I’ll have to get back to you…

Recently I posted a video on effective communication as an HR competency. I mentioned the importance of using “I’ll get back to you on that” as a daily phrase to help you communicate effectively. One of the comments on the post was fantastic, and I wanted to republish it here so everyone could benefit from this piece of wisdom.

Comment by Mike Brisciana (@mbrisciana_hr on Twitter)

Great point about using “Can I get back to you on that” when you’re scattered, you don’t know the answer, and it’s too important to guess or deflect.

I did this poorly at the beginning of my career (I would feel pressured by more senior people to respond on issues I wasn’t fully familiar with), until a mentor suggested the “can I get back to you shortly” approach. No expects you to have a perfect answer on the spot every time. They do expect you to take them seriously and give their issue your full attention.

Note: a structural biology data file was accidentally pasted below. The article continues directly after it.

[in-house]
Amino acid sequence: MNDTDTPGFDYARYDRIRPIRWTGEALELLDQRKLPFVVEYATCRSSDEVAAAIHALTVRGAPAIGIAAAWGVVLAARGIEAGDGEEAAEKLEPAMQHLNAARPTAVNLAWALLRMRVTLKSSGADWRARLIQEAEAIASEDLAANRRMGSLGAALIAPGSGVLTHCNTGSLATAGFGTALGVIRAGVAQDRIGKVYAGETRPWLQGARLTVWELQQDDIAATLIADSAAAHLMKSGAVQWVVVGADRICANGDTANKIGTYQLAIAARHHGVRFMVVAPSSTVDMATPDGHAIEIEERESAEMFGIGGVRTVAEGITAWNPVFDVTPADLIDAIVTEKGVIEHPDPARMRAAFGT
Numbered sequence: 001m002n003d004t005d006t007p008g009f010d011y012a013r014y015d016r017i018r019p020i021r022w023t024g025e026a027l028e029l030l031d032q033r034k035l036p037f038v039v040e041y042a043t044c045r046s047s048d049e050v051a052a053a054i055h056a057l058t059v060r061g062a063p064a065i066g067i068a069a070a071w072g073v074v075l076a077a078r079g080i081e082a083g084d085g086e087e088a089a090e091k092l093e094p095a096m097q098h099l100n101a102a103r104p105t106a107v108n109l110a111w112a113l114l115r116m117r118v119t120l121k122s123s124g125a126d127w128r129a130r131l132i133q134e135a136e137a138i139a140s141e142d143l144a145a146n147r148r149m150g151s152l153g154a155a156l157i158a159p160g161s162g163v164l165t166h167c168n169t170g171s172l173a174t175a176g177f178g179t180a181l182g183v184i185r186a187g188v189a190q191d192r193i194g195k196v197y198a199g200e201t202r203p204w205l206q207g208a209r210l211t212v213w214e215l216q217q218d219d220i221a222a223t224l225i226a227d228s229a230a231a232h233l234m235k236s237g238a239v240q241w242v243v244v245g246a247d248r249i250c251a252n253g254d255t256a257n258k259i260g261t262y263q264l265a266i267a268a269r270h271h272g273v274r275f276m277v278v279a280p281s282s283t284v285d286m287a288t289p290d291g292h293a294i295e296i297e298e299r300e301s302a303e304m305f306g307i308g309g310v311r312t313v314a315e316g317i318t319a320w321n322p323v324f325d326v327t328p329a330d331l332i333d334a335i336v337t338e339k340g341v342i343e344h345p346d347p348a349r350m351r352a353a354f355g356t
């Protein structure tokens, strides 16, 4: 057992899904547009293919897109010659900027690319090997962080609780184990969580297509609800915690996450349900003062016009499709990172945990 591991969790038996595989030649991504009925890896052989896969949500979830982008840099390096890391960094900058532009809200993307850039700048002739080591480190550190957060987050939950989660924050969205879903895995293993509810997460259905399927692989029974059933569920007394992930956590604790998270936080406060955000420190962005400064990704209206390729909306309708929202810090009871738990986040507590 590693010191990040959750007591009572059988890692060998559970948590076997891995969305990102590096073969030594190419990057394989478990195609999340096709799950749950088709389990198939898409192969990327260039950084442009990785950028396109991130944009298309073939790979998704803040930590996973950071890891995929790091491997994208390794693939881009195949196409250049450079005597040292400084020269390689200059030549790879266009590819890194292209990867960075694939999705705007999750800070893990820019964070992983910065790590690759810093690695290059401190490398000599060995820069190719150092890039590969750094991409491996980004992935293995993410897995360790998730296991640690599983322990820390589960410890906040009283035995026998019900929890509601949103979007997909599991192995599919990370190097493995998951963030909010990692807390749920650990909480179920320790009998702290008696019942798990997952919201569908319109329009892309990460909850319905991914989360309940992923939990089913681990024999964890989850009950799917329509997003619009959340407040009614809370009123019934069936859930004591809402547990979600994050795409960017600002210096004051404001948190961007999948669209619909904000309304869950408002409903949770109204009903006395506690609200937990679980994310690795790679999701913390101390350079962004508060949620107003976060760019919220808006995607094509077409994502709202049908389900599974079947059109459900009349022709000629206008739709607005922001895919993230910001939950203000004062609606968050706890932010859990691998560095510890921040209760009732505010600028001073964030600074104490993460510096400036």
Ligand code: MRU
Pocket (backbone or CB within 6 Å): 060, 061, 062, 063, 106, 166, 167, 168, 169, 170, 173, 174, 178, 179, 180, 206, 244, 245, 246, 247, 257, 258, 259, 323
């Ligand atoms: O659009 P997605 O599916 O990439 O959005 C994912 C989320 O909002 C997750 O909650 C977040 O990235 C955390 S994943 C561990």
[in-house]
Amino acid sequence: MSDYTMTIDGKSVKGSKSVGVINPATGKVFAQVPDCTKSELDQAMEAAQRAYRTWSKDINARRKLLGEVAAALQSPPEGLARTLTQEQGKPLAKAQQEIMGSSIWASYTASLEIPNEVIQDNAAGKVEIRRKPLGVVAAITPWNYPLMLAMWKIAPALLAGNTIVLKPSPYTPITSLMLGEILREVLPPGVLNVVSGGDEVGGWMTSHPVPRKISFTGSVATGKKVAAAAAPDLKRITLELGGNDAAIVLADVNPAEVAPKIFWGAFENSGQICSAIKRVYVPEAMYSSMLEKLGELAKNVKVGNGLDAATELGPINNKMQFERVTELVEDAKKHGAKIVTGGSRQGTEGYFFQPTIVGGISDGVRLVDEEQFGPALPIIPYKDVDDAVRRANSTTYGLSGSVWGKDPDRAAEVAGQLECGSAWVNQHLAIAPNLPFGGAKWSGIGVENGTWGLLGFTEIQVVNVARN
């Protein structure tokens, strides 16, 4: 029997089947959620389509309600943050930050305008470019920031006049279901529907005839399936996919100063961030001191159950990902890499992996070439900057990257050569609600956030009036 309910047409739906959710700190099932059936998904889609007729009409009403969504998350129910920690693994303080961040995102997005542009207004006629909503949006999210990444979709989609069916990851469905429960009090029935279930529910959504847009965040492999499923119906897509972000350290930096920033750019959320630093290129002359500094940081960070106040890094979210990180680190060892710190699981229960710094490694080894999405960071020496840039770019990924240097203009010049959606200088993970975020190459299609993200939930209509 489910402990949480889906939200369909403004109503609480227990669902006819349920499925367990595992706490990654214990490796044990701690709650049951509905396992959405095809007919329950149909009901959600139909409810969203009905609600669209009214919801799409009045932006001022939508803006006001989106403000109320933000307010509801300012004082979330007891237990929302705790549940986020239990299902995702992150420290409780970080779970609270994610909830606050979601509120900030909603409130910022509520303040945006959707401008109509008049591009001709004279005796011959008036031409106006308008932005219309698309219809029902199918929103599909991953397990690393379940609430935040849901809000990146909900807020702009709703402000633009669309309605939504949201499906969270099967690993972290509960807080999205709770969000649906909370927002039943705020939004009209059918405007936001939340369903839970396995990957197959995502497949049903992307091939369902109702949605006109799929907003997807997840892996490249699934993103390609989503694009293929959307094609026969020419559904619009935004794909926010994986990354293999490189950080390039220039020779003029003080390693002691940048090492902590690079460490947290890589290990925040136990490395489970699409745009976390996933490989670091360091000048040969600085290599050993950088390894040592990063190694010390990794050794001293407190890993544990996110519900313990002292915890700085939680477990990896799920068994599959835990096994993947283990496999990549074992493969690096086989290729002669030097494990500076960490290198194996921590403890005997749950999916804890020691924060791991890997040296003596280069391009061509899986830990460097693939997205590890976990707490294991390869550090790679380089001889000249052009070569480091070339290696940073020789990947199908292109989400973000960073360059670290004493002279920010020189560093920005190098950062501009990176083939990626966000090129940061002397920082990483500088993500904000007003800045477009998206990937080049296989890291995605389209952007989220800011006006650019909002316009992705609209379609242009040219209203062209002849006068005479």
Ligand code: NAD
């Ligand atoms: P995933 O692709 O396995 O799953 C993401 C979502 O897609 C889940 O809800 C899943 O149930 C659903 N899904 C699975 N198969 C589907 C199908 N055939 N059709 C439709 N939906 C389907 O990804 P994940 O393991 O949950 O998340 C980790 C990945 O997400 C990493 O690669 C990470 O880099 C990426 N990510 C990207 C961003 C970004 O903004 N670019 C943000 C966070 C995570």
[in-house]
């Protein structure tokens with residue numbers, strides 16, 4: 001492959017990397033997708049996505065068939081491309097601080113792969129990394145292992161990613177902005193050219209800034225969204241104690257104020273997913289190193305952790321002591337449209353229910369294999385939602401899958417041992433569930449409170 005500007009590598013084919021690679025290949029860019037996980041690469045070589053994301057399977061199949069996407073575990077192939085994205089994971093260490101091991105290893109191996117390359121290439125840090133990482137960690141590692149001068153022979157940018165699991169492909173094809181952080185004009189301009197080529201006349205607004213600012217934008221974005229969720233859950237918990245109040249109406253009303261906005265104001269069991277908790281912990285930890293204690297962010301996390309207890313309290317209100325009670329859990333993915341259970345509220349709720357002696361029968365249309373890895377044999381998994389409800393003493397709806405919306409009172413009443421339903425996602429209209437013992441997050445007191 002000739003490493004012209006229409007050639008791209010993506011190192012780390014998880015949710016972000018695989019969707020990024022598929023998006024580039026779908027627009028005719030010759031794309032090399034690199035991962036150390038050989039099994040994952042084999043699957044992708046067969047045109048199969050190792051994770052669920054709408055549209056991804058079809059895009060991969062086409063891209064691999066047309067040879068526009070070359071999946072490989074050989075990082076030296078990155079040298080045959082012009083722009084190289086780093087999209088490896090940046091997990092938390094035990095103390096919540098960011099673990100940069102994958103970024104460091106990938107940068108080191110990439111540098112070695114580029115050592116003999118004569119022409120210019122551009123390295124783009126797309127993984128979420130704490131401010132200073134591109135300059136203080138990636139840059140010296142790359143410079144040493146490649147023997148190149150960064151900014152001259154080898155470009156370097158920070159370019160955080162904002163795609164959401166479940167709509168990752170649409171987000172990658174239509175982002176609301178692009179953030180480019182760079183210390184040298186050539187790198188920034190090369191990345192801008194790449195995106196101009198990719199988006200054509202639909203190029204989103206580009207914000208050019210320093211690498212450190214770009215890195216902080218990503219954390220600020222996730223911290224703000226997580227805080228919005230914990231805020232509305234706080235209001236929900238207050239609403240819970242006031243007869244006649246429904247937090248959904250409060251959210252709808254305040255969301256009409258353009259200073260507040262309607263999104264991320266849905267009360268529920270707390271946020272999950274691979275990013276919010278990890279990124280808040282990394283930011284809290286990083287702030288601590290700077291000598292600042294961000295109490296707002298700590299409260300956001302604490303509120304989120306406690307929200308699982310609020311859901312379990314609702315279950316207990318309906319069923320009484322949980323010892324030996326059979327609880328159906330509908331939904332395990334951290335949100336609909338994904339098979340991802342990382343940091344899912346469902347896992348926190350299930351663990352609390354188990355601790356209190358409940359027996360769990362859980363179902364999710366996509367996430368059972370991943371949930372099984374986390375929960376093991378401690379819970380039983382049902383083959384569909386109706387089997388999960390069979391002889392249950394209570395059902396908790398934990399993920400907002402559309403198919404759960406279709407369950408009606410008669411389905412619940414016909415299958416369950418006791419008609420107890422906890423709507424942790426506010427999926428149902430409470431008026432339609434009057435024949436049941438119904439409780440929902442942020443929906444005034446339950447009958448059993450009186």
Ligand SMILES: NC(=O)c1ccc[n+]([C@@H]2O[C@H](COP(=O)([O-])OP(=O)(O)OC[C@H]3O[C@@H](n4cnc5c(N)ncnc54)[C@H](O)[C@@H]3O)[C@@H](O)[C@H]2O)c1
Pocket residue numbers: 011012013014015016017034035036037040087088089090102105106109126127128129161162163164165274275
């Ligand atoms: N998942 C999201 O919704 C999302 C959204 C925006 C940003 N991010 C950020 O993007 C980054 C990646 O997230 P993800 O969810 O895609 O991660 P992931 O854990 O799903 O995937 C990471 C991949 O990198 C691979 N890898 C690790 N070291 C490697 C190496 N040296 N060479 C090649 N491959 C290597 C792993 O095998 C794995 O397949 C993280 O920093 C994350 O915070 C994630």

“Can I get back to you” communicates, “I know this is important; I want to give you my full attention and my best response, and if I can have a little time to think about this and develop an effective response, it will serve your needs well.” There are times when someone needs an on-the-spot answer, but these are few and far between. In most cases, a slightly later but more substantive answer will be much more effective — and, in the end, much more appreciated.

Love it! Anyone else have something to add?

2 thoughts on “I’ll have to get back to you…

  1. Kristen

    Thank you for sharing this wisdom.

    I’d add, when possible, to put your response in writing. That said, be certain you have a true answer to the query before doing so, but if you’ve put your attention and resources into answering the question put it in writing.

    In my experience it’s not only the people charged with answering who may be scattered at the moment the question in posed. The questioner may also have several things going on at once.

    Being able to document your response allows you both, and anyone else involved, to reference the answer in future, when each person has the opportunity to review.

    That said, it doesn’t hurt to give your response and say something like, “I’ll send a follow up email copying x,y,z after this conversation” just to tie up any lose ends.

    Great topic!

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